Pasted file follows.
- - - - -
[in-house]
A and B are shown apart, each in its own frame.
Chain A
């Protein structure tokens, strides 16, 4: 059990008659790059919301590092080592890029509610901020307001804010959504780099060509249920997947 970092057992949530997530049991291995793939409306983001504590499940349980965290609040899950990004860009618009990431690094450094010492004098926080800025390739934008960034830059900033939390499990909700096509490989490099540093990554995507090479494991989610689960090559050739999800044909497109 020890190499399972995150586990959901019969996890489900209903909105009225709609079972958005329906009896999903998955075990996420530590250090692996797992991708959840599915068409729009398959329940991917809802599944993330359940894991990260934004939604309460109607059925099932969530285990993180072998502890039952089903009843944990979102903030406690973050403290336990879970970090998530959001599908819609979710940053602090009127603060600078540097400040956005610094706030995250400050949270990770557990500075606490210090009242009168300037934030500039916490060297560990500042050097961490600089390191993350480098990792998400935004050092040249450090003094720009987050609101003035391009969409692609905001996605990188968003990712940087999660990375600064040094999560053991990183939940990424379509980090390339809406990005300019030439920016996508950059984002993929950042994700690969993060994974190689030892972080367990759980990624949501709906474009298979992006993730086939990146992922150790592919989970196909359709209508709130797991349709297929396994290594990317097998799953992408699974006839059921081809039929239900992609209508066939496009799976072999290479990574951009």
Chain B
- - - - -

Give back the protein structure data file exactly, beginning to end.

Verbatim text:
[in-house]
A and B are shown apart, each in its own frame.
Chain A
């Protein structure tokens, strides 16, 4: 059990008659790059919301590092080592890029509610901020307001804010959504780099060509249920997947 970092057992949530997530049991291995793939409306983001504590499940349980965290609040899950990004860009618009990431690094450094010492004098926080800025390739934008960034830059900033939390499990909700096509490989490099540093990554995507090479494991989610689960090559050739999800044909497109 020890190499399972995150586990959901019969996890489900209903909105009225709609079972958005329906009896999903998955075990996420530590250090692996797992991708959840599915068409729009398959329940991917809802599944993330359940894991990260934004939604309460109607059925099932969530285990993180072998502890039952089903009843944990979102903030406690973050403290336990879970970090998530959001599908819609979710940053602090009127603060600078540097400040956005610094706030995250400050949270990770557990500075606490210090009242009168300037934030500039916490060297560990500042050097961490600089390191993350480098990792998400935004050092040249450090003094720009987050609101003035391009969409692609905001996605990188968003990712940087999660990375600064040094999560053991990183939940990424379509980090390339809406990005300019030439920016996508950059984002993929950042994700690969993060994974190689030892972080367990759980990624949501709906474009298979992006993730086939990146992922150790592919989970196909359709209508709130797991349709297929396994290594990317097998799953992408699974006839059921081809039929239900992609209508066939496009799976072999290479990574951009």
Chain B